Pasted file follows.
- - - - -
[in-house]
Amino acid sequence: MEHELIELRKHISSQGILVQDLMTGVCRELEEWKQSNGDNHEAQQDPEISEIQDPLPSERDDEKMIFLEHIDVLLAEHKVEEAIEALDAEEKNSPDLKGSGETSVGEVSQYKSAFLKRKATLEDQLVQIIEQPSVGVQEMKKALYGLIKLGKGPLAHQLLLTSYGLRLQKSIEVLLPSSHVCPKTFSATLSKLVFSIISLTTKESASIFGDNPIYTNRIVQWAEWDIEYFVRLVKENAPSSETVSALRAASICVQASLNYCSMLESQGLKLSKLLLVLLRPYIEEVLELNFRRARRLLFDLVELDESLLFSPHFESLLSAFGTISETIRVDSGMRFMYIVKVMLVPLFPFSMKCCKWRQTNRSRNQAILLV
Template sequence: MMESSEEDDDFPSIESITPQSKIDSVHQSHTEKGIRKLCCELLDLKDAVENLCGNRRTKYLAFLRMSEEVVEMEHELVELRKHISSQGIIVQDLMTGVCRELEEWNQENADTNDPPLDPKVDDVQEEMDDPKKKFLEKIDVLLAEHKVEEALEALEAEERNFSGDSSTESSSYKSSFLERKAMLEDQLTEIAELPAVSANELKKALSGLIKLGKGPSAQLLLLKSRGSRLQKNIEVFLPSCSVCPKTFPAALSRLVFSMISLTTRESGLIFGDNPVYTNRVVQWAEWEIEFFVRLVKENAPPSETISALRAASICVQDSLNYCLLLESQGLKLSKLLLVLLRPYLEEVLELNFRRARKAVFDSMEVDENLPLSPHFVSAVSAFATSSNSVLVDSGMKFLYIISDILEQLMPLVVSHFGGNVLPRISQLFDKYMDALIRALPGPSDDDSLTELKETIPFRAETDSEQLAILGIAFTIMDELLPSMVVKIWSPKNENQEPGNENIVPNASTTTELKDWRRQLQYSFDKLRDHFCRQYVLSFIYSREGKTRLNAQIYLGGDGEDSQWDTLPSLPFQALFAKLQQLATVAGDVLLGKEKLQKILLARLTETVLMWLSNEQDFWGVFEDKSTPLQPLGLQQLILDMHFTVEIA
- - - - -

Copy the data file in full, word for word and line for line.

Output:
[in-house]
Amino acid sequence: MEHELIELRKHISSQGILVQDLMTGVCRELEEWKQSNGDNHEAQQDPEISEIQDPLPSERDDEKMIFLEHIDVLLAEHKVEEAIEALDAEEKNSPDLKGSGETSVGEVSQYKSAFLKRKATLEDQLVQIIEQPSVGVQEMKKALYGLIKLGKGPLAHQLLLTSYGLRLQKSIEVLLPSSHVCPKTFSATLSKLVFSIISLTTKESASIFGDNPIYTNRIVQWAEWDIEYFVRLVKENAPSSETVSALRAASICVQASLNYCSMLESQGLKLSKLLLVLLRPYIEEVLELNFRRARRLLFDLVELDESLLFSPHFESLLSAFGTISETIRVDSGMRFMYIVKVMLVPLFPFSMKCCKWRQTNRSRNQAILLV
Template sequence: MMESSEEDDDFPSIESITPQSKIDSVHQSHTEKGIRKLCCELLDLKDAVENLCGNRRTKYLAFLRMSEEVVEMEHELVELRKHISSQGIIVQDLMTGVCRELEEWNQENADTNDPPLDPKVDDVQEEMDDPKKKFLEKIDVLLAEHKVEEALEALEAEERNFSGDSSTESSSYKSSFLERKAMLEDQLTEIAELPAVSANELKKALSGLIKLGKGPSAQLLLLKSRGSRLQKNIEVFLPSCSVCPKTFPAALSRLVFSMISLTTRESGLIFGDNPVYTNRVVQWAEWEIEFFVRLVKENAPPSETISALRAASICVQDSLNYCLLLESQGLKLSKLLLVLLRPYLEEVLELNFRRARKAVFDSMEVDENLPLSPHFVSAVSAFATSSNSVLVDSGMKFLYIISDILEQLMPLVVSHFGGNVLPRISQLFDKYMDALIRALPGPSDDDSLTELKETIPFRAETDSEQLAILGIAFTIMDELLPSMVVKIWSPKNENQEPGNENIVPNASTTTELKDWRRQLQYSFDKLRDHFCRQYVLSFIYSREGKTRLNAQIYLGGDGEDSQWDTLPSLPFQALFAKLQQLATVAGDVLLGKEKLQKILLARLTETVLMWLSNEQDFWGVFEDKSTPLQPLGLQQLILDMHFTVEIA